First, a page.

It was two days ago, when Bink told me why she quit.
Or, as she put it to the friends I’d just introduced her to (a clergywoman and a university lecturer: nice, respectable people, you know):
I’ve just absconded from rehab.
(I have to admit, that does sound quite... no, no: not cool at all. I didn’t mean that. At all. But it is quite an attention-grabber, isn’t it? Bink’s always been one for that.)
If you remember, the way we’d parked our relationship on Friday night was not sunny. Bink was annoyed with me, as she so often is, for urging her to make plans in order to make her life better.
(I’d also had to tell her some tough news, not suitable here.)
Ben had been brilliant, explaining so much better what I had bodged... and after a long conversation he said, if you want us to come over tomorrow, ring before the Rugby.
So, obv, I didn’t expect to hear from her for weeks. Cross with me as she was.
Next day, Saturday – minutes before the Rugby – Bink on the telephone.
Could I help?
(Confession: my heart skips a little when Bink says this. Not because I want to spend my dotage helping my adult children, not at all. But because if you see someone that low, you can’t help wanting to help her up.
Years ago, in London, a member of our church said, You’re the solver, Anne. In your family. Aren’t you?
I hadn’t thought of it before. But I supposed this was true. Not because I want to be. I want to be the writer, not the problem-solver. I’m impatient to get off the problem and back to my study. So, present me with a problem, I don’t play the sensible long game, like Shaun: listen patiently, hour after hour, nodding silently and exuding sympathy whilst no doubt thinking of the Rugby score and the crossword and next week’s sermon. All the while presenting as the lovely sympathetic priest and all.
No. I do that really irritating thing – exactly what I want any therapist or counsellor to do for me, which is why I so hate therapy or counselling – and offer a solution.
My life stinks, says Bink. Yes, I say, it does a bit. So get off your rear-end and do this and that and the other until it isn’t quite so putrid.
See how annoying it is?)
If I can, I say. Of course.
I’m in pain all the time, she says. Back-ache; jaw-ache. I need medication. I’ve come off the Lorazepam too fast. These symptoms are unbearable. Can you get hold of a doctor for me?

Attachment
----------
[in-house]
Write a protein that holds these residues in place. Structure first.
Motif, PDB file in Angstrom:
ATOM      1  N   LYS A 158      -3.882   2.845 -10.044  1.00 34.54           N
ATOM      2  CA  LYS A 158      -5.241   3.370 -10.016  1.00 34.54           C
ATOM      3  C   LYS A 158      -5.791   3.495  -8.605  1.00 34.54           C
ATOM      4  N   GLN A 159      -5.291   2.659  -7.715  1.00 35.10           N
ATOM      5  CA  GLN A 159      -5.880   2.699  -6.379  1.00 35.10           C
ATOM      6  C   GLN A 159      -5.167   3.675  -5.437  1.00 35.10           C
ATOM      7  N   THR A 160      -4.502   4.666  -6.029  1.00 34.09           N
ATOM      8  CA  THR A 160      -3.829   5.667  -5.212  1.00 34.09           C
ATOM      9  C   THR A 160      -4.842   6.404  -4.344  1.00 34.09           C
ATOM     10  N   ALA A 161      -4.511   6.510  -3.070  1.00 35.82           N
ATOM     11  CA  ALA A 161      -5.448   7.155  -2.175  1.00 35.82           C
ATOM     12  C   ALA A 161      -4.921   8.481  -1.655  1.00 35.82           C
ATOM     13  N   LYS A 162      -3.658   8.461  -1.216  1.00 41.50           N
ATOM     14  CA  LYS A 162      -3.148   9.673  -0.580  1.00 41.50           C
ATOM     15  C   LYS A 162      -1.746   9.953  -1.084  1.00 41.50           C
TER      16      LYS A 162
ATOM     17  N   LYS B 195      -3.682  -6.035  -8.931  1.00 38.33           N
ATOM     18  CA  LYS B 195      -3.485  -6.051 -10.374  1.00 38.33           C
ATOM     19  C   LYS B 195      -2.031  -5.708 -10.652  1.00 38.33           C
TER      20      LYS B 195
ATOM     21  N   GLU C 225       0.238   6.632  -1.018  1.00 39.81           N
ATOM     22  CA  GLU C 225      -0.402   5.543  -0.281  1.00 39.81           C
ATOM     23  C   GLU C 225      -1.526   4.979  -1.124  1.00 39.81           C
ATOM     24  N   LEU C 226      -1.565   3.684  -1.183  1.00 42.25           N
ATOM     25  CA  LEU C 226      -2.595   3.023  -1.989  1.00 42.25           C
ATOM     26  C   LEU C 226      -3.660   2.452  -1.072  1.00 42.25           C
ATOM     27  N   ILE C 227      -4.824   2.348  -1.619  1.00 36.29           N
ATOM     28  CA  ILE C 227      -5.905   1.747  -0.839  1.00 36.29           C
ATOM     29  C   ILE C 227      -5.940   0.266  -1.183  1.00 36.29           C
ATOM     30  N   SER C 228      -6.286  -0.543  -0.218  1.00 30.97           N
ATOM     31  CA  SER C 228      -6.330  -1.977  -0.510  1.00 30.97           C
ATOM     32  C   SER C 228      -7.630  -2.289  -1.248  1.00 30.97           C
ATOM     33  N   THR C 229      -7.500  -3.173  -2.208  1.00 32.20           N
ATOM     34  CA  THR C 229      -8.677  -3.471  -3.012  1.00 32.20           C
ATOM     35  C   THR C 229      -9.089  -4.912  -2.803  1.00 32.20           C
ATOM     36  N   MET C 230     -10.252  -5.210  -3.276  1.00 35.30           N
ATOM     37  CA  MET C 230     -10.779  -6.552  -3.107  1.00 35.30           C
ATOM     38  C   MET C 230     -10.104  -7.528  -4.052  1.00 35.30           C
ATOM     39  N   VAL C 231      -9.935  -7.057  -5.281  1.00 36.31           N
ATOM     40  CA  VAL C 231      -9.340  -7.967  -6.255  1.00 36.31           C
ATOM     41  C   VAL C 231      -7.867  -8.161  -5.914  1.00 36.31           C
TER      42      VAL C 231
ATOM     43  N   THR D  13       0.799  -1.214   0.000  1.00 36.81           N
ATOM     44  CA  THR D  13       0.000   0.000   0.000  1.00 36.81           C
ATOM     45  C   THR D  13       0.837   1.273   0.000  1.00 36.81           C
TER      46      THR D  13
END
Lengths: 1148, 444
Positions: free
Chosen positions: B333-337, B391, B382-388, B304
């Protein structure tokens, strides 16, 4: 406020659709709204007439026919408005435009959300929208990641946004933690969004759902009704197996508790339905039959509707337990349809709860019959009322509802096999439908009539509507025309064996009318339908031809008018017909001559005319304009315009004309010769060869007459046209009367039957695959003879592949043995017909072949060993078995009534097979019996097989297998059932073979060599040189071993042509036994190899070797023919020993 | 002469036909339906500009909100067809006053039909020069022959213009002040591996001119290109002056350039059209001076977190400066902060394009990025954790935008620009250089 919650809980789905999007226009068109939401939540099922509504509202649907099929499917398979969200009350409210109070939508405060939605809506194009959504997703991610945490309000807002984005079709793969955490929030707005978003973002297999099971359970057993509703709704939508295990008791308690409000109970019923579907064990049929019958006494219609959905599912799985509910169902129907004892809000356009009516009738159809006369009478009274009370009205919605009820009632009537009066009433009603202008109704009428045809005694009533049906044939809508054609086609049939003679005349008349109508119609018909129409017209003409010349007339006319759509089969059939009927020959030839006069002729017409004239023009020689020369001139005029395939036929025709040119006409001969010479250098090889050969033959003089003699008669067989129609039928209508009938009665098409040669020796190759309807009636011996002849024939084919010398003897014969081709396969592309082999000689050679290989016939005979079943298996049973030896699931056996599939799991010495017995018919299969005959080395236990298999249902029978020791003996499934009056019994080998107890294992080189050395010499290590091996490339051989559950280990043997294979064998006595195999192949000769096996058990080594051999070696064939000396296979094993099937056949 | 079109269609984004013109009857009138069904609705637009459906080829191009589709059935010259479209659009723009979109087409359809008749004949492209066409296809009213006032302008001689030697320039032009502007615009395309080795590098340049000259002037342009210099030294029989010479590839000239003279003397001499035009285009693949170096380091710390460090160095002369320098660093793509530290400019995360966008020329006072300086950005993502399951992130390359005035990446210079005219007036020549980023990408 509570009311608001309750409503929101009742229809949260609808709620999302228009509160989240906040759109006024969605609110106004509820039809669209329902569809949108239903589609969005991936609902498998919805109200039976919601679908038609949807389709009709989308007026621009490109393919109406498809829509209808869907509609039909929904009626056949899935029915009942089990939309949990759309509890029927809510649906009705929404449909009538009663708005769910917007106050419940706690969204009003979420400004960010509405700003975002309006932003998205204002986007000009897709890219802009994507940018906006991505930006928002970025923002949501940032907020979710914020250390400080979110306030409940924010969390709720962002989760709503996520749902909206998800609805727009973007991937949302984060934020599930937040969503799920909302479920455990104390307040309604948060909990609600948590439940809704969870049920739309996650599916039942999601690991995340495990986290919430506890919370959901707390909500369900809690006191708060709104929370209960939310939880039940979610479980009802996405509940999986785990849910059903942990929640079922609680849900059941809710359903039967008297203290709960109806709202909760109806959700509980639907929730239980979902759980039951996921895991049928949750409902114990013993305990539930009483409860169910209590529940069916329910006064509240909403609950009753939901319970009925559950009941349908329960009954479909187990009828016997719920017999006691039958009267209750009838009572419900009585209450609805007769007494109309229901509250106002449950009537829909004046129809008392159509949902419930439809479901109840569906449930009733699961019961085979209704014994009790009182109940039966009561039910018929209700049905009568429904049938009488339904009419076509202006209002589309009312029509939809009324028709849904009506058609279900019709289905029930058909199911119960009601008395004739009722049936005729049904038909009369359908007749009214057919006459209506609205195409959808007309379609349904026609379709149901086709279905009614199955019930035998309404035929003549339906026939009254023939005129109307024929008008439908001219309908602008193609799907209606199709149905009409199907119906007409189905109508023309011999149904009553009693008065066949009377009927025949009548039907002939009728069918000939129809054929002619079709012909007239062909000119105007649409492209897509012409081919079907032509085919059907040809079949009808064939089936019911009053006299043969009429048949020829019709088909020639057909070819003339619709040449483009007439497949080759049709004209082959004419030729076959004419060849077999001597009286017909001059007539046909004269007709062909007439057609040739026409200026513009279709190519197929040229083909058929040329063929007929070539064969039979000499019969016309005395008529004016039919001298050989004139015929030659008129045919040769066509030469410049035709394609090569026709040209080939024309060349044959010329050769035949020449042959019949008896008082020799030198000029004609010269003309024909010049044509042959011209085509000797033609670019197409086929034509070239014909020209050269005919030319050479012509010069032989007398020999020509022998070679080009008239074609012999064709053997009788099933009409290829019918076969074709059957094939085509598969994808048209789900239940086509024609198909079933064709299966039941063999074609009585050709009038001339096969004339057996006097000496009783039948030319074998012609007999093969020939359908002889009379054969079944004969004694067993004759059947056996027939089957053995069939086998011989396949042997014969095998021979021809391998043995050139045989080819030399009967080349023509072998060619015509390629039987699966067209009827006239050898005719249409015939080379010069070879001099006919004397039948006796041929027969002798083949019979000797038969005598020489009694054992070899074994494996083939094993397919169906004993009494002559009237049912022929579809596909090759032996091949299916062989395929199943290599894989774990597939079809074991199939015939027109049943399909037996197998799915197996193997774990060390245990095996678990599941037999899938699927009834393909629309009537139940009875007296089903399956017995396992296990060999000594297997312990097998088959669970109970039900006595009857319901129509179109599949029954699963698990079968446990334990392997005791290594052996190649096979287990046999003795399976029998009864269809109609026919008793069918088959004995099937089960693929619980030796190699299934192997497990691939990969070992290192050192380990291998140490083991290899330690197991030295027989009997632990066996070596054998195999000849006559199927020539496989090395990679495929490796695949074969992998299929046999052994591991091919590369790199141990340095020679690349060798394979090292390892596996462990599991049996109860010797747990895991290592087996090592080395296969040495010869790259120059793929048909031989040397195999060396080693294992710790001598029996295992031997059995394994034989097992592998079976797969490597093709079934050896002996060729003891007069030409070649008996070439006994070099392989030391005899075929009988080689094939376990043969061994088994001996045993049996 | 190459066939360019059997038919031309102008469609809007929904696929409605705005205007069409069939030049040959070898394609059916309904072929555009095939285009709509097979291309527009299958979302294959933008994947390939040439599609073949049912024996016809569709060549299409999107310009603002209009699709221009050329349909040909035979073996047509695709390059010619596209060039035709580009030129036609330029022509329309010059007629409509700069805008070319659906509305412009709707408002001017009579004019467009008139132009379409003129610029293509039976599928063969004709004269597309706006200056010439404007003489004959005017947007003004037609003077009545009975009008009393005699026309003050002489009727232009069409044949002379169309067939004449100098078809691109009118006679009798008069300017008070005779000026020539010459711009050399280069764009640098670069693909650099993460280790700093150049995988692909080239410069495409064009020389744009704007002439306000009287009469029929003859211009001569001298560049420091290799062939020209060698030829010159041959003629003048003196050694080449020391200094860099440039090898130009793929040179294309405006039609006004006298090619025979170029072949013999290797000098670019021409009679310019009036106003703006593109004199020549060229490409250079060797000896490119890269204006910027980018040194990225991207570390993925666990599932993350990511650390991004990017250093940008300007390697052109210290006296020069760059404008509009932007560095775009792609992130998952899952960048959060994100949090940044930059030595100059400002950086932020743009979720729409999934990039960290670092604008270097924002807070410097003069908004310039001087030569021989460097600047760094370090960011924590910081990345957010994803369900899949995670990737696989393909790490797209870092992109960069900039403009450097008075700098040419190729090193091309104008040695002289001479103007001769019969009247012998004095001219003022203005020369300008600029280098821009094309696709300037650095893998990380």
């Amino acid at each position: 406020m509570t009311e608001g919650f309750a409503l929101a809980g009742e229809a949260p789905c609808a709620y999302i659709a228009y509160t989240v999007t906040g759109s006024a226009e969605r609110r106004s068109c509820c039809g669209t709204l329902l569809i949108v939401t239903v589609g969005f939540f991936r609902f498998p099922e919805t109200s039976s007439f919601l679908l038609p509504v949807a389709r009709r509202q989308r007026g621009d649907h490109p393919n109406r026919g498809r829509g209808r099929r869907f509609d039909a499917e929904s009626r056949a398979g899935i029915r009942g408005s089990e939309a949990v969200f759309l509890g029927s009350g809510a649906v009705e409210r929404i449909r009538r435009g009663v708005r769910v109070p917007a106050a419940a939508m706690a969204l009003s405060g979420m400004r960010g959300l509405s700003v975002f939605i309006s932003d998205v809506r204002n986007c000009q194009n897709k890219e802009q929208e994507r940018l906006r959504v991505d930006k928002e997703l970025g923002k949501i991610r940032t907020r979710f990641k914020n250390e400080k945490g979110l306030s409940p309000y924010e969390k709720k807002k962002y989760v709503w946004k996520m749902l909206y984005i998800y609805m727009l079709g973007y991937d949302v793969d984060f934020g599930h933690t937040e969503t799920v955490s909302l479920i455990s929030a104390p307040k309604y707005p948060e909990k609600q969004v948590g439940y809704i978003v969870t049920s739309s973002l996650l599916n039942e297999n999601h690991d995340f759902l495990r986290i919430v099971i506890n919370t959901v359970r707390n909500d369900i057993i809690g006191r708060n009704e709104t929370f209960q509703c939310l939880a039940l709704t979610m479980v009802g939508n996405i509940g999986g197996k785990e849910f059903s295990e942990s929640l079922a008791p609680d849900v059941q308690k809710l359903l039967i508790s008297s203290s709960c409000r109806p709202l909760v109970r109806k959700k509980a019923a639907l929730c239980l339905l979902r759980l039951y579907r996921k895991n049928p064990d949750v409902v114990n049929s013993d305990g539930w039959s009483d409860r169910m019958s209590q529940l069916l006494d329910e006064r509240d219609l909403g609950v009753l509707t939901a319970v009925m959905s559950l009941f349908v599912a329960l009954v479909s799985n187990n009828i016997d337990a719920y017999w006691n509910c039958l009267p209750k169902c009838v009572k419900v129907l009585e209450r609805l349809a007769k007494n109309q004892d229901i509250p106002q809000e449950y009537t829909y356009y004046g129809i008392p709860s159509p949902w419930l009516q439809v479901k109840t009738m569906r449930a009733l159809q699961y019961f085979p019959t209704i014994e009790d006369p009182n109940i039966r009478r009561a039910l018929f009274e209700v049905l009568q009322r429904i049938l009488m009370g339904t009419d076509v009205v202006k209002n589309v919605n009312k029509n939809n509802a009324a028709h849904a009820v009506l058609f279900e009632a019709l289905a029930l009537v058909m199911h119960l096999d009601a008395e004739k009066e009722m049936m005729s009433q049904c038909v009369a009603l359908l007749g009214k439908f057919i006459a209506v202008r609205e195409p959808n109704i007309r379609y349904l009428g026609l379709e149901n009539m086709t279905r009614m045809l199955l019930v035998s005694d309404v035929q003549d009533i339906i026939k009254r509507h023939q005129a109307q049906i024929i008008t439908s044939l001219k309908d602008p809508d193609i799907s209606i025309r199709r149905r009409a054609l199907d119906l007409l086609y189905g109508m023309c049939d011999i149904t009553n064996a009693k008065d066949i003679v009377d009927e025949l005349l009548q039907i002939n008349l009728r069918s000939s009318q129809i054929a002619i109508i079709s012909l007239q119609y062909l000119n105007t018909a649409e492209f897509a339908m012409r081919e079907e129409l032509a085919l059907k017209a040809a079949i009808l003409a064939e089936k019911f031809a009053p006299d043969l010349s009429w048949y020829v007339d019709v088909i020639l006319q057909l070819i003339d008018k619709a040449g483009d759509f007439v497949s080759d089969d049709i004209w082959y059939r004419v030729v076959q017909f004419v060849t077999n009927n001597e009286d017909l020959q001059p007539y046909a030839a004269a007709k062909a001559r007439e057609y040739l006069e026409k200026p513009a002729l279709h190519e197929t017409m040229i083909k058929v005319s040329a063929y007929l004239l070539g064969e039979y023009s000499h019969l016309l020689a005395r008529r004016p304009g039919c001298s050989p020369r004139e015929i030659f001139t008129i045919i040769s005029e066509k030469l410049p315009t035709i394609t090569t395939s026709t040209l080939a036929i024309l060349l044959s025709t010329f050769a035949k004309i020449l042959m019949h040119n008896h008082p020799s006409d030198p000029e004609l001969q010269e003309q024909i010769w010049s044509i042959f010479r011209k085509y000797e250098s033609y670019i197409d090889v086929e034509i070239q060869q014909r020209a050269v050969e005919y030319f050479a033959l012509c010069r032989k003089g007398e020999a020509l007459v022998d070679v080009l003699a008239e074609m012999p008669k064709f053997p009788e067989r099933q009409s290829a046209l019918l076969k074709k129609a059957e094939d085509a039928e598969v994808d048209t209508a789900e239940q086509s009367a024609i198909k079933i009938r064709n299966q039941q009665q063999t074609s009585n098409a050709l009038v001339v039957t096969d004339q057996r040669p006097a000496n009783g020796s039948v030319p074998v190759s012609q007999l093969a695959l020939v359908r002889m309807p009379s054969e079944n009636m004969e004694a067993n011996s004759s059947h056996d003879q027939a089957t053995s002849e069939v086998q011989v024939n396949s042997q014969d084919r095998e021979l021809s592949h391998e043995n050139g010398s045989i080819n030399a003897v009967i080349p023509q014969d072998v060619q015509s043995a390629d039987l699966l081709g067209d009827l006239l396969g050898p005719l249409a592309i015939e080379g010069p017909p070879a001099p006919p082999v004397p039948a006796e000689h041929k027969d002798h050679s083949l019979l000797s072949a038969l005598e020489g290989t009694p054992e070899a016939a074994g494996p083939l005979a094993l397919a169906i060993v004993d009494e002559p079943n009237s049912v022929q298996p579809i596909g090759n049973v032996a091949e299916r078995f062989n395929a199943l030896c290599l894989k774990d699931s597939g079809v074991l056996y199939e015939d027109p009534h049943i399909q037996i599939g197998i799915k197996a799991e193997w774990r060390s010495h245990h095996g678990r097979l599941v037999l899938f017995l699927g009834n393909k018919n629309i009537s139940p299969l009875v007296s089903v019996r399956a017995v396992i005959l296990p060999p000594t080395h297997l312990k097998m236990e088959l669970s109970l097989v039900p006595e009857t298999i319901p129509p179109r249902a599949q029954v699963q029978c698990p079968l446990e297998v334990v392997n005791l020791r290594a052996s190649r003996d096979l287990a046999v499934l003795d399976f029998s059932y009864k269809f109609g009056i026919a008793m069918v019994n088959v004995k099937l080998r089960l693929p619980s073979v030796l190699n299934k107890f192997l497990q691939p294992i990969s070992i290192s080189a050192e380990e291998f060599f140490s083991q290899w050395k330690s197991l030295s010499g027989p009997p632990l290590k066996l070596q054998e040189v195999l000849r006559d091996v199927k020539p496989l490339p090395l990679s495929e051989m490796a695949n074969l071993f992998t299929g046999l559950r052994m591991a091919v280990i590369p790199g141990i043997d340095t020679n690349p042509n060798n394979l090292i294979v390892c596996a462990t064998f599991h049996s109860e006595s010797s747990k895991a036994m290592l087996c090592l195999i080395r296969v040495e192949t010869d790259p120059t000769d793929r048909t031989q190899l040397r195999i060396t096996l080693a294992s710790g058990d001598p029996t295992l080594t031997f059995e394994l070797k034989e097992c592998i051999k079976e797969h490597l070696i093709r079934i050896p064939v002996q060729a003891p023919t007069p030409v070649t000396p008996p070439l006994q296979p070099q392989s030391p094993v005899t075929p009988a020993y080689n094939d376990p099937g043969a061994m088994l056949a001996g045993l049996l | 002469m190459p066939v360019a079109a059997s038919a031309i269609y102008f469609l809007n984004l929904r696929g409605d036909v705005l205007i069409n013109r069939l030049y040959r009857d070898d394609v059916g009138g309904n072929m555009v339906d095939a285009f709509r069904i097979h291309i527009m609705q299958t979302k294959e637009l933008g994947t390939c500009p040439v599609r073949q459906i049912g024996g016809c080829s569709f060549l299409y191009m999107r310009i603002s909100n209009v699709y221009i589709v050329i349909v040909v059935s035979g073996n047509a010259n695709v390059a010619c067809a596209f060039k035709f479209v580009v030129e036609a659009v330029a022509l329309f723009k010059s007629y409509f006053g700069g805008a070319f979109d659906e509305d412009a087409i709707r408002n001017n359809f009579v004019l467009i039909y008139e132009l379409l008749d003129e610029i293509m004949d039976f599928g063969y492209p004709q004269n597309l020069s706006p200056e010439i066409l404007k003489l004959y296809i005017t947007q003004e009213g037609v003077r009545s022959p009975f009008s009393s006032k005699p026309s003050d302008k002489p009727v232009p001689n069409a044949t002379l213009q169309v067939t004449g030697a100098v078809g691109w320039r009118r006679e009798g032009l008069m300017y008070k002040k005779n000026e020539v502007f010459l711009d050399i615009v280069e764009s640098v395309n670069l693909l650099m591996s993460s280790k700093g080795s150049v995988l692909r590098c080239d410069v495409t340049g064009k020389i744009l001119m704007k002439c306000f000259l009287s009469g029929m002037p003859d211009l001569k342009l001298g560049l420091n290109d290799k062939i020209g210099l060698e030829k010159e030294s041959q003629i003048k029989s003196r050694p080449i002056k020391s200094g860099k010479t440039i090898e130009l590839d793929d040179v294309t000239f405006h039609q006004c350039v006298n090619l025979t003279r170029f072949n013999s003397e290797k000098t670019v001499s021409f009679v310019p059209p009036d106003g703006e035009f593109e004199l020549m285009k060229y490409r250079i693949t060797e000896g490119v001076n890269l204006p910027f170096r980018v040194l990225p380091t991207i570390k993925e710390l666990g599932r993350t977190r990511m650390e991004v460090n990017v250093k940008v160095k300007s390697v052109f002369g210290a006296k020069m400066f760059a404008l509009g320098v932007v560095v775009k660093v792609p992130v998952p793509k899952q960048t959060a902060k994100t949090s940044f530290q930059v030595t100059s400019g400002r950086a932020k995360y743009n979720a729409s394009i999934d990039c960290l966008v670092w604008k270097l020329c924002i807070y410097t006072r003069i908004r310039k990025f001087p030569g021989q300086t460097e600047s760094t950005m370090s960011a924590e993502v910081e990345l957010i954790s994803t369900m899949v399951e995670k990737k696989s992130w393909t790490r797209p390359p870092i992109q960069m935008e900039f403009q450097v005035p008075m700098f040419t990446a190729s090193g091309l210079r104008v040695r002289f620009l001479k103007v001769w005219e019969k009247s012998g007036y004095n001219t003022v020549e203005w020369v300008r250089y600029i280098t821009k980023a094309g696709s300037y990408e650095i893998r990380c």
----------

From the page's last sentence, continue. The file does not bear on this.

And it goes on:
I can call in all the favours from all my doctor-friends... but have you tried Professor Veale’s far less dangerous solutions? Icepack on the head. Aromatic oils. Music.
He said that?
I wrote it all down in my diary at the time. Can I suggest my own? Go for a walk along the river.
I can’t ever rest, she said.
You know what, Bink. Maybe you’ve rested too much, this last decade. Maybe rest is the last thing you need. Maybe what you need is to get out, fresh air, exercise, work... and get dog-tired like the rest of us. Then you won’t have any difficulty resting. When you actually need rest.
Can you come and see me? (Just a twinge of disappointment, when she heard Ben and Shaun weren’t free: not me, she really wanted.)
Oh, and can you get me an appointment with a hairdresser? I haven’t been able to wash for a very long time.
And are you coming? Shall I try and clean my teeth while I wait for you? I haven’t been able to do that for a long time either. I couldn’t wash at all, in the treatment centre.
An hour and a half later, I had insured myself on Ben’s car, she’d had a shampoo for a fiver (first quote, £39.50, Toni & Guy) and I said, Come on then, we’re going out, along the river. (I’d brought Shaun’s fleece for her. It had to be a very dirty coat, or at least one which could go in the wash afterwards, because she’s in Dirty Mode. In DM, she contaminates everything. In CM, everything contaminates her. And no, that’s right, of course you can’t. Win. That’s why she’s mad.)
You remember that thing we all used to do, when we were younger? Before everyone had mobiles and students locked their doors and all security was in decaduplicate? When we used to drop in on each other, unannounced? Like, just call round.
That’s what we’re going to do, I said.
Wondering as I did so, whether it was the worst breach of modern etiquette short of texting during a Royal Wedding.
And all the way along the river we discussed all the things I’ve been trying to discuss with Bink for months, stressing her every telephone call. But this time it wasn’t stressful at all because we were walking along the river and it was organic and she led a lot of the conversation.
(Memo to self. Bink is like Alex. Never, never, ever attempt to have a conversation with either of them, over the telephone, any more profound than: Alex, how do we get the internet going again? Or Bink, um, hello.)
And they were in! My friends Helen and James were in. I could see they were in because I could see their seven-year-old through the window, playing the piano.
But of course, this being the twenty-first C, after we’d rung and knocked at the door half a dozen times I had to ring Helen anyway, and say, We’re at your door.
And she went ooh! and they welcomed us and put on the kettle and I said Helen this is Bink and James this is Bink and Bink this is Helen and James, and James said, as you do, Hello Bink. What are you doing with your life? (Or some such.)
And Bink said. As you do.
I just absconded from rehab.